When I finally started to “know what I was doing” I started to design and implement software systems that were built to run for years and years and to be well supported and even fun for the maintainers. This was learned painfully and without any mentoring (disappointingly). My decisions made for grumpy first-line developers because I lovingly barked what and why:
- Use one code format(ter)
- No battle about least important aspect of system
- Use one linter
- Catch easy stupid errors
- Minimize external libraries
- Exclude libraries likely to wither away
- Maximize personal investment in implementation and thoughtfulness for long term system viability and support
- Build/Test/Run before doing anything
- Fast dev cycle
- Tools, frameworks and ideas serve your system, not vice versa
- The downfall of most tools, frameworks, and ideas is that you often end up serving them to little or not benefit. Case in point: function composition in the form of the Go Interface is simple and powerful. It has all of the power of a framework with none of the baggage and burden. Go is simple but not simplistic. Expressive but not needlessly complex.
- No programming for personal entertainment (PFPE)
- All of the above
The two biggest trouble makers are always PFPE and external libraries.
Programmers get bored so they start PFPE. That always leads to messy, complex, and unmanageable code. Desire for Generics are usually a loud and disturbing indicator of PFPE. Complex object hierarchies beyond comprehension without 35 minutes of study are another red flag. These things make maintainers miserable, who eventually quit. I won’t lean to hard on this point, because we’ve all seen this (and done it, too, most likely). Just as bad are withering libraries.
I’ve inherited too many projects where the external libraries went from vibrant and vigorously supported to dull and abandoned. Yuck. Reference a library for one giant method and it breaks and nobody wants to replace it, because it is never simple to replace. Otherwise somebody would have written it themselves. That is one of the points about Go that is lost by us folks learning Go.
One Of Pike’s Points Says It All
Pike is quoted saying that it is better to copy and paste little pieces of code then to reference an external library. At first blush it sounds like a control-freak, “command and control”, “bondage and discipline”, worst-practice style programming language philosophy. No, no way. But this reference is revealing if you look at your own experience.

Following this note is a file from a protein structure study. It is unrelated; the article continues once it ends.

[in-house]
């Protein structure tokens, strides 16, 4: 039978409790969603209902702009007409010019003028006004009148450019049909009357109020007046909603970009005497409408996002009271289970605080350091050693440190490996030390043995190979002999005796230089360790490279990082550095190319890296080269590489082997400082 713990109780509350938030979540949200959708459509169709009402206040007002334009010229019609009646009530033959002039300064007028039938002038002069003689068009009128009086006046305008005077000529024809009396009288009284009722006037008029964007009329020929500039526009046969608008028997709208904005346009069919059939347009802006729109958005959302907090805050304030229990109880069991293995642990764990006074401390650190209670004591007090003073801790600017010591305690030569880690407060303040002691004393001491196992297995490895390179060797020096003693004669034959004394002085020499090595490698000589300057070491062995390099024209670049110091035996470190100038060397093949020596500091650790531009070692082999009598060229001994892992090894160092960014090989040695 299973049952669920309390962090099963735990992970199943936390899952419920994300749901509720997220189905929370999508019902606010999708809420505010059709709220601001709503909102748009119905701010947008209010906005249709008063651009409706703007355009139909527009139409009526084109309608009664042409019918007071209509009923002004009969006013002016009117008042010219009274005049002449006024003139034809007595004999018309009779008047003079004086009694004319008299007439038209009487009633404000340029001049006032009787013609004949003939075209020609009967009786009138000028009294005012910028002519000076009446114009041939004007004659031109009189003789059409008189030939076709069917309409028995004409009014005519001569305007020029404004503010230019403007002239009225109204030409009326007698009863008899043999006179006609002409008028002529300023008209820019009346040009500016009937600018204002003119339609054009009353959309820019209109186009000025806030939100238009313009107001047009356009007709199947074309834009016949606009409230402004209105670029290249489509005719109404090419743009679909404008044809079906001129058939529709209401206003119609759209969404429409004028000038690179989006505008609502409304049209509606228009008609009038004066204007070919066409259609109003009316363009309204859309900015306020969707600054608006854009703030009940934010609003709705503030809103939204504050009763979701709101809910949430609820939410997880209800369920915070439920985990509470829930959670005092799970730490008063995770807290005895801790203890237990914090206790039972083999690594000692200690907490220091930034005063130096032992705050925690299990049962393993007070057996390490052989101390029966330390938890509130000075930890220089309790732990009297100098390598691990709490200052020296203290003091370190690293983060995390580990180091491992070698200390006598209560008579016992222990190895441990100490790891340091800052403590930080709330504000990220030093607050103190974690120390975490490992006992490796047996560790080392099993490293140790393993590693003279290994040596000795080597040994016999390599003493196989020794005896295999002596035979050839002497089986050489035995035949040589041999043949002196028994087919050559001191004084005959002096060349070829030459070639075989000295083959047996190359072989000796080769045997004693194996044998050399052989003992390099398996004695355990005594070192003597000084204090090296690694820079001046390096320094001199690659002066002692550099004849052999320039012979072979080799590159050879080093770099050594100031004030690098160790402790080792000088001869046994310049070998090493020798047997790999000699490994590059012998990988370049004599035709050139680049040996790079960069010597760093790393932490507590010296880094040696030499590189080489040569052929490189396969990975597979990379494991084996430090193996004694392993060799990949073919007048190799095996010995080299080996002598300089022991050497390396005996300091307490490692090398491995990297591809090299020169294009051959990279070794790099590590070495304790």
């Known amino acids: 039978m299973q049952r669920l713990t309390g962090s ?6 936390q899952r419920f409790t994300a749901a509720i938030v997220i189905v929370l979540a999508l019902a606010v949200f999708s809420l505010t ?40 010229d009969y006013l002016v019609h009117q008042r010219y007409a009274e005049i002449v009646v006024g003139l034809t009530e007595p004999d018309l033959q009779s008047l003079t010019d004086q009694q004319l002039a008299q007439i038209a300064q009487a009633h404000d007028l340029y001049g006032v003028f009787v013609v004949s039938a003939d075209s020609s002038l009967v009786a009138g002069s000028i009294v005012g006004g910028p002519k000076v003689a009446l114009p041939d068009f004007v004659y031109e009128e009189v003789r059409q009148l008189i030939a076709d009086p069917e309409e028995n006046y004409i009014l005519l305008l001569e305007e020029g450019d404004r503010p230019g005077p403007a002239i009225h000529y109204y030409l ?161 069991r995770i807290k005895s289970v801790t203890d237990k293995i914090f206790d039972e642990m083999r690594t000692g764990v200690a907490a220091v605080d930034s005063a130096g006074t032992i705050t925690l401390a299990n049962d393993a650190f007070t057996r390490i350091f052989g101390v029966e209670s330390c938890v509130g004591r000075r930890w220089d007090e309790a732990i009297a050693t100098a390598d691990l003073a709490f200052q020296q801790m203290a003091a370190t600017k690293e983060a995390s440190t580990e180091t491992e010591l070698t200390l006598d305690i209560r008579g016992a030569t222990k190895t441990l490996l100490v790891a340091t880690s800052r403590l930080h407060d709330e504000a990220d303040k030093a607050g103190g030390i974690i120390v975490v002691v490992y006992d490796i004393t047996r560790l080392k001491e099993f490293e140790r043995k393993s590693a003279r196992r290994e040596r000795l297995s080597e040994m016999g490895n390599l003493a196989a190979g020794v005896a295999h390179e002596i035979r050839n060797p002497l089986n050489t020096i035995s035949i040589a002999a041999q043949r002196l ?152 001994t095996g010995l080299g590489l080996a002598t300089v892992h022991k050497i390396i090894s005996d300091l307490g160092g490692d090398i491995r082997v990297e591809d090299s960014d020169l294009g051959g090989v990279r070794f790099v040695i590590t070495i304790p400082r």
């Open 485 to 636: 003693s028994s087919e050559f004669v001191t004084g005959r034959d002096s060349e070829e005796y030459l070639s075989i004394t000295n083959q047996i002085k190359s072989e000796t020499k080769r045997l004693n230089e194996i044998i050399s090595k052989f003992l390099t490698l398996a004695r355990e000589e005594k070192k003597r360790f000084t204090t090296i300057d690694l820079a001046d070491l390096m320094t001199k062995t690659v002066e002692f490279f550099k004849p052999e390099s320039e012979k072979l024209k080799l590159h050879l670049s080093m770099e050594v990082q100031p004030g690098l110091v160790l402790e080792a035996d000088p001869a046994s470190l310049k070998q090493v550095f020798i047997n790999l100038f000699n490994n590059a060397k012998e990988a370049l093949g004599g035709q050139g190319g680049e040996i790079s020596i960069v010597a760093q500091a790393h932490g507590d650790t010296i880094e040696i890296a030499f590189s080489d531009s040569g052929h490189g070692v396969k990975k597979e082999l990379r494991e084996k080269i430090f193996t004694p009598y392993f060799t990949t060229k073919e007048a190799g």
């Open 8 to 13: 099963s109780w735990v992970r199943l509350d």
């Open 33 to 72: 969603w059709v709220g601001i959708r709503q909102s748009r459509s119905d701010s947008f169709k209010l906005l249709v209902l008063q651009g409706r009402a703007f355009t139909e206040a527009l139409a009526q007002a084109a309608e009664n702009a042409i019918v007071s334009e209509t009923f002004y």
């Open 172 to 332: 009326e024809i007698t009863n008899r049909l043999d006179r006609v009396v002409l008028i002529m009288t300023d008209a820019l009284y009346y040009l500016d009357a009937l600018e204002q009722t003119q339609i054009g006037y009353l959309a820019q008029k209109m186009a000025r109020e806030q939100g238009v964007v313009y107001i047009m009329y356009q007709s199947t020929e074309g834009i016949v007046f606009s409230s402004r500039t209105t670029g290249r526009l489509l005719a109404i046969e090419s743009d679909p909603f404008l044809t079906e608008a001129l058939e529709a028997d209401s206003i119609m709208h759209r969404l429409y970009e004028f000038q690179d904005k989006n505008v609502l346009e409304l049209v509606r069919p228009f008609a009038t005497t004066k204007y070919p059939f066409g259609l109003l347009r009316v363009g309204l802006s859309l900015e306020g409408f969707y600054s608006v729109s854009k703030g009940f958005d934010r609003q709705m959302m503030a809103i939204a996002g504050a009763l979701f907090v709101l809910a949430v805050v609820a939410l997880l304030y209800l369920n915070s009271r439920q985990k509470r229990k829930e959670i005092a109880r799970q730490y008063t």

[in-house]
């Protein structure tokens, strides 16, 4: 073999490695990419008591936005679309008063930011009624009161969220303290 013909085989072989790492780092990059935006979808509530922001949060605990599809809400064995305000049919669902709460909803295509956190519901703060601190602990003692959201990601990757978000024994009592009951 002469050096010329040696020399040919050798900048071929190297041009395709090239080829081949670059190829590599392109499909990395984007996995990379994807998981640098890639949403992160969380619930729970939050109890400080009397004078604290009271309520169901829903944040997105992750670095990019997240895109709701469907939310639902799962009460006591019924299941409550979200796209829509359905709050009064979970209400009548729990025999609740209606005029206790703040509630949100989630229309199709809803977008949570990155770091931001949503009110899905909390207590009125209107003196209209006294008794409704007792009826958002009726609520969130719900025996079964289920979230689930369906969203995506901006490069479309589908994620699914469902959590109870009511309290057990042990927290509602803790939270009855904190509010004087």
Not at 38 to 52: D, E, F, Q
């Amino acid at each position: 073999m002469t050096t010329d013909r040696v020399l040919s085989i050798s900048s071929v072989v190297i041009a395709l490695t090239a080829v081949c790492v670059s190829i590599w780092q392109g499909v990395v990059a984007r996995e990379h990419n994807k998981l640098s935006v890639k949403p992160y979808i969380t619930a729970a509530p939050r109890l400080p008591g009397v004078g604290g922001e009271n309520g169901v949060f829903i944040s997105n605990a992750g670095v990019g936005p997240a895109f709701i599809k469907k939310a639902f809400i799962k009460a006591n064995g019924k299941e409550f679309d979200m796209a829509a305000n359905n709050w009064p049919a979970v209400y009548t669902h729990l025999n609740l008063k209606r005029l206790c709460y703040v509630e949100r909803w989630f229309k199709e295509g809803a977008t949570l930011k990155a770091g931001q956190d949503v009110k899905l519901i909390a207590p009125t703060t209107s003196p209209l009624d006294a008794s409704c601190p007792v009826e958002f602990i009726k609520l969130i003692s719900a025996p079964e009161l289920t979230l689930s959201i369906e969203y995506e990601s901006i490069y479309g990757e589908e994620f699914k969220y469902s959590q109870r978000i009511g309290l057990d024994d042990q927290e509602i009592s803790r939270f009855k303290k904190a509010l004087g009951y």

The external library for simple stuff syndrome (ELF3S) results in using code that nobody really understands or cares to understand because they didn’t write it, it isn’t part of their system, so they don’t really care to support it. So when things inevitably break, you end up using a library completely disparate (cognitively) from your system. Yuck. It has all the bad properties of software and none of the good ones. It is NIH syndrome when the code is sitting in your own lap. It doesn’t get any worse than this: nobody wants to touch and when they do they get mad about it. That usually makes things worse because when people hate maintaining code they usually leave their job. Now you’ve got two (or more) problems. Go faces this phenomen flat out and creates an environment where maybe none of this happens.
This is why Go is a polarizing language. With enough of a certain kind of experience, you look at all of Go’s decisions that Pike covers in this article and you jump for joy, cheering, that the system you implement will survive, survive well, and the maintainers will enjoy maintaining. For most of us, this is unheard of in every way. And it should be heard of. We ought to contribute to making it happen and Go is one way to do it.
For Go: Hear, hear! Long-lived development is finally here.
And that is why I’m going to keep learning it.